Commit ff6b1aa9 authored by Simeon Doetsch's avatar Simeon Doetsch

Added some documentation

parent 52d2737f
......@@ -4,4 +4,106 @@ This is a Python 3 library for plotting output data from the [PLUTO code](http:/
This library is under development and mostly specialized on the functionality I personally need. Nonetheless I will try to make the code as widely applicable and documented as possible.
There is no completed documentation yet, but most functions/classes should have a docstring.
\ No newline at end of file
## Requirements
```
Python >=3.6
numpy
matplotlib
```
## Installation
Download from archive or via git, then run
```python
python setup.py install
```
If you downloaded via git and want to keep updating via git, you can also use
```python
python setup.py develop
```
This way the package is always read in from the git directory.
## Example
```python
import plutoplot as pp
sim = pp.Simulation("path_to_simulation")
print(sim.grid)
# Access to grid coordinates
sim.x1
sim.vx1
# Access to simulation steps
sim[3].rho
# time evolution of mean pressure
mean_prs = sim.reduce(lambda D : D.prs.mean())
```
## Concepts
`plutoplot` offers three main classes for handling simulation data:
- `Simulation`: for a simulation
- `PlutoData`: for a single simulation data frame
- `Grid`: for the PLUTO domain grid
For data loading the user only has to instantiate a `Simulation`, the grid
and the `PlutoData` objects are created from the `Simulation` when needed.
`PlutoData` uses lazy loading for the actual data, which means the data is
loaded when is first needed, not on object instantiation.
Each variable is loaded seperately (independent of PLUTO save format),
e.g. when only density is needed, pressure is never put into memory.
## Simulation instantiation
A `Simulation` can be instantiated with:
```python
Simulation(sim_dir='', format=None, coordinates=None)
```
- `sim_dir`: Simulation directory (directory with `pluto.ini` and `definitions.h`).
plutoplot searchs for the gridfile and simulation data first in `sim_dir`,
then in `sim_dir/data`, and then looks up the data directory in `pluto.ini`.
Default: Current working directory
- `format`: file format of the simulation data, currently supports `double` and `float`
in both `single_file` and `multiple_files` mode.
Default: `double` and `float` are tried in that order
- `coordinates`: coordinate system of the simulation grid.
Supports `cartesian`, `spherical`, `polar`, `cylindrical`.
Only necessary for projecting the grind into a cartesian system (e.g. for plotting).
Default: Read coordinate system from `definitions.h`, using `cartesian` as fallback
## Access `pluto.ini` and `definitions.h`
`plutoplot` can load the PLUTO configuration files:
```python
sim = Simulation('sim_dir')
sim.ini['section']['option']
sim.definitions['options']
```
The returned objects for `pluto.ini` (`Pluto_ini`) and `definitions.h` (`Definitions_H`)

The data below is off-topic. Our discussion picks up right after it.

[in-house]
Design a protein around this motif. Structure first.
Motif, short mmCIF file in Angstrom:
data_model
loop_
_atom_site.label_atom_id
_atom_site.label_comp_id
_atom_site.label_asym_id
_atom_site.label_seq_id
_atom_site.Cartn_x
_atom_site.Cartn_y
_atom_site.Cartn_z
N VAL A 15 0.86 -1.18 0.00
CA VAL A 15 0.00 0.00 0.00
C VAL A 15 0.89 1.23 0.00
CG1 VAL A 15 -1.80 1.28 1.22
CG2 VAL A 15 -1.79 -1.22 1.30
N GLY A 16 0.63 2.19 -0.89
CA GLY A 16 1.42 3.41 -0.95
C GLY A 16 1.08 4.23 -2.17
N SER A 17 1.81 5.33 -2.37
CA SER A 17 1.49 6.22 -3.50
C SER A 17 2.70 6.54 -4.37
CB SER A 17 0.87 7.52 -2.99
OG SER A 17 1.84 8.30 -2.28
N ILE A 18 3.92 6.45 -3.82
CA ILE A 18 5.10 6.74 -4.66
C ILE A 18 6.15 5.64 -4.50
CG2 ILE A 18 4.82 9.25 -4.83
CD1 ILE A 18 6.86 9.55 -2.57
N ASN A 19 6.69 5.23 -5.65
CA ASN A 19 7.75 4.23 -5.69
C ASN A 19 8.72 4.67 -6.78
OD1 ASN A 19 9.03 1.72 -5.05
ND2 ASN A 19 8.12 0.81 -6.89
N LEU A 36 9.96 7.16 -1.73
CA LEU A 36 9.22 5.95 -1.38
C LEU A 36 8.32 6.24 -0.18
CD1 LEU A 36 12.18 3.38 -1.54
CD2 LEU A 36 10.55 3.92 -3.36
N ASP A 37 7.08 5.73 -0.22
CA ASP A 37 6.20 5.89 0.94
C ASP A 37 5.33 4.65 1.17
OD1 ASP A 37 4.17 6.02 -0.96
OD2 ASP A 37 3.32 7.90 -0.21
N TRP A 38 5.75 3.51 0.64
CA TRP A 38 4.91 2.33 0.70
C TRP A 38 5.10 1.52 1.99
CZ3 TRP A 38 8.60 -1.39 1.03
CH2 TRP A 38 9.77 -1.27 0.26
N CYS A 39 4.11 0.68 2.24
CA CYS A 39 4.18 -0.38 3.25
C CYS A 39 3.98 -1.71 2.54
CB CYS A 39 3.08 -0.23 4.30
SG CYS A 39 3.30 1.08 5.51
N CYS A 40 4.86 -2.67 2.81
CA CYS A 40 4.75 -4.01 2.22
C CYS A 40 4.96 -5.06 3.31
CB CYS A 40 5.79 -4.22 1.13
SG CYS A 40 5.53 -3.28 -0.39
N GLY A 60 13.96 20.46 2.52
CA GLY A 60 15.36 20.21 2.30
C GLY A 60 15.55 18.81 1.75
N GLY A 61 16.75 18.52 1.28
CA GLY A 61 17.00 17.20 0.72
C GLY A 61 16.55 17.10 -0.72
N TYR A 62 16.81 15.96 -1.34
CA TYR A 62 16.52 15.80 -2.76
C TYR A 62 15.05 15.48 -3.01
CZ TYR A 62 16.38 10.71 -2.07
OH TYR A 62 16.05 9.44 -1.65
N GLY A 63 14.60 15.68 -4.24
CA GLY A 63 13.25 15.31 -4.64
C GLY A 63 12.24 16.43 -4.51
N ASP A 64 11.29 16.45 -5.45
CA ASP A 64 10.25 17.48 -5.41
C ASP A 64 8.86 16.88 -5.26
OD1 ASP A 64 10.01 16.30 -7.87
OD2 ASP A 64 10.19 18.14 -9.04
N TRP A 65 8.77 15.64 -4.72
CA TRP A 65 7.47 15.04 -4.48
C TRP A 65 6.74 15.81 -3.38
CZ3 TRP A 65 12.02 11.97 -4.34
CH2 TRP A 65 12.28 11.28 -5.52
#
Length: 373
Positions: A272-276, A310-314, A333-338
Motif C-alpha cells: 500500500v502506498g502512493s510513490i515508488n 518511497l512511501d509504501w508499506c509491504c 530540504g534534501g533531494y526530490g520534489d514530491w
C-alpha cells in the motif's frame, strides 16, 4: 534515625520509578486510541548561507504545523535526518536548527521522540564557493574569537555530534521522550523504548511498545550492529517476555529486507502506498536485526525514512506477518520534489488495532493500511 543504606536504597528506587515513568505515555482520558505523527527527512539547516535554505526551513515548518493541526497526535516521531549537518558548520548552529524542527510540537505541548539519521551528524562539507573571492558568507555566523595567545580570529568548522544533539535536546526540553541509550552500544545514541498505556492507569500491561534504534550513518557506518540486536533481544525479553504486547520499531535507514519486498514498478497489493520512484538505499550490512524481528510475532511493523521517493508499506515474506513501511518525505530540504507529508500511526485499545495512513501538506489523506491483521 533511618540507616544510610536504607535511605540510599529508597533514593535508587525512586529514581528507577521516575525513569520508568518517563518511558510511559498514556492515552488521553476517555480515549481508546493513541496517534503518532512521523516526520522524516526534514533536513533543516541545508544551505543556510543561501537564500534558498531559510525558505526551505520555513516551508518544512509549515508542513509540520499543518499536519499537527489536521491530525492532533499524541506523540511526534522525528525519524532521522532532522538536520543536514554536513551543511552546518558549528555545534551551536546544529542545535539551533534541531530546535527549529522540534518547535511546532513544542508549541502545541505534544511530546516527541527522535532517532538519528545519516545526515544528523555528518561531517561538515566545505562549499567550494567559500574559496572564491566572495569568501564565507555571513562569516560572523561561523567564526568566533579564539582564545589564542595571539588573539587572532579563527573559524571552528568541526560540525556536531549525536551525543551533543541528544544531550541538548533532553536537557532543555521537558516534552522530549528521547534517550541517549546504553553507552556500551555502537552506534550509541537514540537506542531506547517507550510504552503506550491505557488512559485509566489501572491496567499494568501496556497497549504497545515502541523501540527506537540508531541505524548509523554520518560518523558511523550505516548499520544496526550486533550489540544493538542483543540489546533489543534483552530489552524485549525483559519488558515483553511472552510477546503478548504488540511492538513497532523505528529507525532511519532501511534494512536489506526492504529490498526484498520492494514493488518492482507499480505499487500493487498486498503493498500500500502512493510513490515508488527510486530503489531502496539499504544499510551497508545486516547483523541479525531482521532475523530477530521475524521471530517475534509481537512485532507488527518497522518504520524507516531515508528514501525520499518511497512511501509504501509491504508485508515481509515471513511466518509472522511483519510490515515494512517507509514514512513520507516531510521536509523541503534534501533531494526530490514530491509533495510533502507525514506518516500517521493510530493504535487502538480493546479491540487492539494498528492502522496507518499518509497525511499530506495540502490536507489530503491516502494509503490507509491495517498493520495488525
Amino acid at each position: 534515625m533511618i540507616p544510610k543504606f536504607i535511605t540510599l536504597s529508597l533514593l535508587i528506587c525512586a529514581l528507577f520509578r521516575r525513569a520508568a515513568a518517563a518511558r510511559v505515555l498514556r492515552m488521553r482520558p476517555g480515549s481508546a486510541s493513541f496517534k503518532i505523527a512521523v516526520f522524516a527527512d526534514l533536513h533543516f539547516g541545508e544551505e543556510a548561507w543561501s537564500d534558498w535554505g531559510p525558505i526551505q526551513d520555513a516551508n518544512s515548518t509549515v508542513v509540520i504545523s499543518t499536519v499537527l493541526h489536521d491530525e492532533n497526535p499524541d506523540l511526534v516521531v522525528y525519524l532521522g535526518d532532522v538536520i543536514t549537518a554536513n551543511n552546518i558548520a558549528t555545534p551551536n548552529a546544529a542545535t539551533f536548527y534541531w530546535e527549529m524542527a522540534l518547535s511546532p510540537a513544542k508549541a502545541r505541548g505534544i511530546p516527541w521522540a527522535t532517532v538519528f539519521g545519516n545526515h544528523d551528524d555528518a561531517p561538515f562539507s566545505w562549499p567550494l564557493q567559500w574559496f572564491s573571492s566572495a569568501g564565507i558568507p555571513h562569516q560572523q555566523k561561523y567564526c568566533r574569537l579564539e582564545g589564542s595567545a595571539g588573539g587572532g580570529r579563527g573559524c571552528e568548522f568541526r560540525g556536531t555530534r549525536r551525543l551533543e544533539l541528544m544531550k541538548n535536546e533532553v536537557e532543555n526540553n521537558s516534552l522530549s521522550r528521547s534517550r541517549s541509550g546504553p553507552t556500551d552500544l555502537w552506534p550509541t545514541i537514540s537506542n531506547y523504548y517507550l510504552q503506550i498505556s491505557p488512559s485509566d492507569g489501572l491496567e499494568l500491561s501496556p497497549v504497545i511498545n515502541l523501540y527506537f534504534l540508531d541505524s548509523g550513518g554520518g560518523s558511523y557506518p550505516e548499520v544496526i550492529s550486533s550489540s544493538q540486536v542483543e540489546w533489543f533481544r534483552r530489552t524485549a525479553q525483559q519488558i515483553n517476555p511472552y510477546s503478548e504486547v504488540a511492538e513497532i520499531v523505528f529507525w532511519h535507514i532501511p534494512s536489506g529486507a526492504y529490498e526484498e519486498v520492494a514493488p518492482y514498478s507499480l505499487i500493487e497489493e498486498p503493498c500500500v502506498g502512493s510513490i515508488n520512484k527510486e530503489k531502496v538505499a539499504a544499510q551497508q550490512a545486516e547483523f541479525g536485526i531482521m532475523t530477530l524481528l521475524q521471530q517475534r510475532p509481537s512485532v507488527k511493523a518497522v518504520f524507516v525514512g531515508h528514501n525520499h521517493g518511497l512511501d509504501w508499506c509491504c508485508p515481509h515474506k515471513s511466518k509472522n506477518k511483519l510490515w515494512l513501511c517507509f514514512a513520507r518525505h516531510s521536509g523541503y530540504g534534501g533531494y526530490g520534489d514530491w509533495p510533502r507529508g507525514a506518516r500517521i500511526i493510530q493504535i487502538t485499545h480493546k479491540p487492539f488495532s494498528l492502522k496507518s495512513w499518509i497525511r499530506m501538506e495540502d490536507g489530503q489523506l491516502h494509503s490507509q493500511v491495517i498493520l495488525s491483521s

are thin wrappers around `OrderedDict`s.
## Data access
The simulation steps can be optained from the `Simulation` object with the subscript syntax:
```python
sim = Simulation('sim_dir')
initial = sim[0]
last = sim[-1]
```
It supports the Python conventions for indexing (zero indexed, negative numbers
are handled as `len(sim)-i`)
Which variables are saved by PLUTO are accesible with
```python
sim.vars
# or
sim[i].vars
# e.g. ['rho', 'vx1', 'vx2', 'vx3', 'prs']
```
The variable names in this list can be then accessed from the `PlutoData` objects:
```python
sim[0].rho
sim[-1].vx1
```
The data is then returned as Numpy arrays, and can be used as usual.
## Plotting
......@@ -10,11 +10,11 @@ def generate_coord_mapping(coordinates: str) -> dict:
},
'polar': {
'r': 'x1',
'phi': 'x2',
'z': 'x2'
},
'cylindrical': {
'r': 'x1',
'phi': 'x2',
'z': 'x3'
},
'spherical': {
......@@ -39,11 +39,11 @@ def generate_tex_mapping(coordinates: str) -> dict:
'x2': 'y',
'x3': 'z'
},
'polar': {
'cylindrical': {
'x1': 'r',
'x2': 'z'
},
'cylindrical': {
'polar': {
'x1': 'r',
'x2': r'\phi',
'x3': 'z'
......@@ -74,6 +74,8 @@ def generate_coordinate_mesh(coordinates, x1, x2):
y = r * np.cos(theta)
return x, y
elif coordinates == 'cylindrical':
return x1, x2
elif coordinates == 'polar':
r, phi = np.meshgrid(x1, x2)
x = r * np.cos(phi)
y = r * np.sin(phi)
......
......@@ -188,7 +188,10 @@ class Simulation:
return np.array(p.map(func, self.iter()), dtype=dtype)
def plot(self, *args, n: int=-1, **kwargs) -> None:
"""Plot last data file, or data file n. All other arguments forwarded to PlutoData.plot()"""
"""
Plot last data file, or data file n. All other arguments forwarded to PlutoData.plot()
No return, because it would interfere with interactive output in Jupyter Notebook
"""
# Use widget to choose timestep if inside Jupyter Notebook
try:
......@@ -196,14 +199,15 @@ class Simulation:
import ipywidgets as widgets
def handler(i):
self[i].plot(*args, **kwargs)
widgets.interact(handler, i=widgets.IntSlider(min=0,
plot = widgets.interactive(handler, i=widgets.IntSlider(min=0,
max=len(self)-1,
value=self._index(n)),
description="Simulation frame")
value=self._index(n)))
plot.children[0].description = "Simulation frame"
plot.children[0].layout.width = "20%"
display(plot)
except (NameError, ImportError):
pass
self[n].plot(*args, **kwargs)
self[n].plot(*args, **kwargs)
def __len__(self) -> int:
return self.n
......
Markdown is supported
0% or
You are about to add 0 people to the discussion. Proceed with caution.
Finish editing this message first!
Please register or to comment